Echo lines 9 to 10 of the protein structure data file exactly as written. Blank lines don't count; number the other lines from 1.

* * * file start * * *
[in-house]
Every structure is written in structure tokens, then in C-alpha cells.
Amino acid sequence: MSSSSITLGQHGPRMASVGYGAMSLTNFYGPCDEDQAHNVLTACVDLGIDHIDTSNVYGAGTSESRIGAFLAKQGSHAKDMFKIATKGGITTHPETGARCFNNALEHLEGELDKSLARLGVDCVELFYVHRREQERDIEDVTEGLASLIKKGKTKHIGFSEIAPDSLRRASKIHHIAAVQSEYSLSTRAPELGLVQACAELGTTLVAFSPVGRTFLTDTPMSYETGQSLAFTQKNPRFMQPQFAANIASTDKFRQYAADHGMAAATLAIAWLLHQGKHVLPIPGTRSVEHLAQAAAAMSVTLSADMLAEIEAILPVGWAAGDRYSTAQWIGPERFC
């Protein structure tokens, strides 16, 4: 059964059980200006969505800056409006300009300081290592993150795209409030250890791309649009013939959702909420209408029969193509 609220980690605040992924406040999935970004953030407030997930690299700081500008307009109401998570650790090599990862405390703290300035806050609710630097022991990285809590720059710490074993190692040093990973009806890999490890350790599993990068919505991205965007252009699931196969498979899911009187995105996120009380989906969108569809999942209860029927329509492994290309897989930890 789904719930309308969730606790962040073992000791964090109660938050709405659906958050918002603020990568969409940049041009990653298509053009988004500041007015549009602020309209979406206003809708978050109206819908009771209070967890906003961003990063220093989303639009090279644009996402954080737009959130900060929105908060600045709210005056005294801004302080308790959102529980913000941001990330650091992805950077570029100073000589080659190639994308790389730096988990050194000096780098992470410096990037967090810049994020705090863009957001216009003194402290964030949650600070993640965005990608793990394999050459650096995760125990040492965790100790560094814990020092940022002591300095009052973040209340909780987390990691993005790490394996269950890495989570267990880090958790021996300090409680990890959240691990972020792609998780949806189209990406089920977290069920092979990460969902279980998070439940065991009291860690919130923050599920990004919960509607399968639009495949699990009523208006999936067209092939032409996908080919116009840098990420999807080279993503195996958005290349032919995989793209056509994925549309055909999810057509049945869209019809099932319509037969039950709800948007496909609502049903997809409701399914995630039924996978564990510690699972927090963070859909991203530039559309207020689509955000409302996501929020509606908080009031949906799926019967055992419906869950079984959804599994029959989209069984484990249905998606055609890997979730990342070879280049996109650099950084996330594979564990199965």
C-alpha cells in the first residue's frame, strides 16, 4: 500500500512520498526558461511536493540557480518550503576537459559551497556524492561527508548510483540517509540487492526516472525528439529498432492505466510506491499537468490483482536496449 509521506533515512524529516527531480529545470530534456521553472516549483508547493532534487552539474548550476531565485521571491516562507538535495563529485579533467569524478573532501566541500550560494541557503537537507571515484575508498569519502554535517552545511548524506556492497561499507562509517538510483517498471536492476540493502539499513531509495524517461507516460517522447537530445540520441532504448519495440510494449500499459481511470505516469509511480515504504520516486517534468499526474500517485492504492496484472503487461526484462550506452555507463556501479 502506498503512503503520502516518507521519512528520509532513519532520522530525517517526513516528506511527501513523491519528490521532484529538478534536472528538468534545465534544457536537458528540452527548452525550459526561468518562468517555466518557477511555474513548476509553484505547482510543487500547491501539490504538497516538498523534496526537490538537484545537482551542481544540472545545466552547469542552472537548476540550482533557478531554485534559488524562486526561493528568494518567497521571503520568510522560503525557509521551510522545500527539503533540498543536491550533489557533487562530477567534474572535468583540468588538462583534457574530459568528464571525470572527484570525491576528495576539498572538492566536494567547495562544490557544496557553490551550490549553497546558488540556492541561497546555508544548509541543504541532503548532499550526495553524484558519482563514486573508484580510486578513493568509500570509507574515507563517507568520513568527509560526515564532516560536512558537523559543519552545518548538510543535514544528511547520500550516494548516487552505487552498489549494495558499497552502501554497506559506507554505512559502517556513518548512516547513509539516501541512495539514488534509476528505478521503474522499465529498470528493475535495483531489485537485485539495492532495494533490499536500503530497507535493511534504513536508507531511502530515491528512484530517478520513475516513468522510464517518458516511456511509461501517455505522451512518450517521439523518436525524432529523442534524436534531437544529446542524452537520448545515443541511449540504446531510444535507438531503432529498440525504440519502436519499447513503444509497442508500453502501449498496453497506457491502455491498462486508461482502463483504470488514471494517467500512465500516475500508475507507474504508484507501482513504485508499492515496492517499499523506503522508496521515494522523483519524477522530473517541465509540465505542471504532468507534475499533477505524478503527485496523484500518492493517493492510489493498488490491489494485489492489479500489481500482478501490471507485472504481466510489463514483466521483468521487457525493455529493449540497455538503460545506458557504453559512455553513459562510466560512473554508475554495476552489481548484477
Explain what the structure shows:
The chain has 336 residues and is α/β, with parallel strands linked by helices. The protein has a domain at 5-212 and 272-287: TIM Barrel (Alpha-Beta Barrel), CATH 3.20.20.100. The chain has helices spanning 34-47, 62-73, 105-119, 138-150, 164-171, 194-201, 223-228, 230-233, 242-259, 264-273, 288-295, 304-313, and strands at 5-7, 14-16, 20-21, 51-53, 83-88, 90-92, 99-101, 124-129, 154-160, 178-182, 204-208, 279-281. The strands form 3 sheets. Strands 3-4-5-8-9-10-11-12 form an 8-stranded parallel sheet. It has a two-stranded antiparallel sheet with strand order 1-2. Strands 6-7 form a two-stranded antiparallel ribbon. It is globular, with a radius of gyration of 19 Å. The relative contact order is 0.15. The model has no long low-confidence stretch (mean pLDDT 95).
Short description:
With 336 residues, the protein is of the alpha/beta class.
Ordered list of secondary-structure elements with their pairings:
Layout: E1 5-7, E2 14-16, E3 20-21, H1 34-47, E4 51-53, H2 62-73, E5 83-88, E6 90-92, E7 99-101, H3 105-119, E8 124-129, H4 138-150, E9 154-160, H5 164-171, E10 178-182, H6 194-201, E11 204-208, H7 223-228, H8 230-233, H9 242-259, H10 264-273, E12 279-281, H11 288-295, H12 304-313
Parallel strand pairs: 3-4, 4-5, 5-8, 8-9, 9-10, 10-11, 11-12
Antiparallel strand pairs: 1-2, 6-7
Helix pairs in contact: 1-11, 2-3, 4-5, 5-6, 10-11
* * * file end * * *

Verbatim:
With 336 residues, the protein is of the alpha/beta class.
Ordered list of secondary-structure elements with their pairings: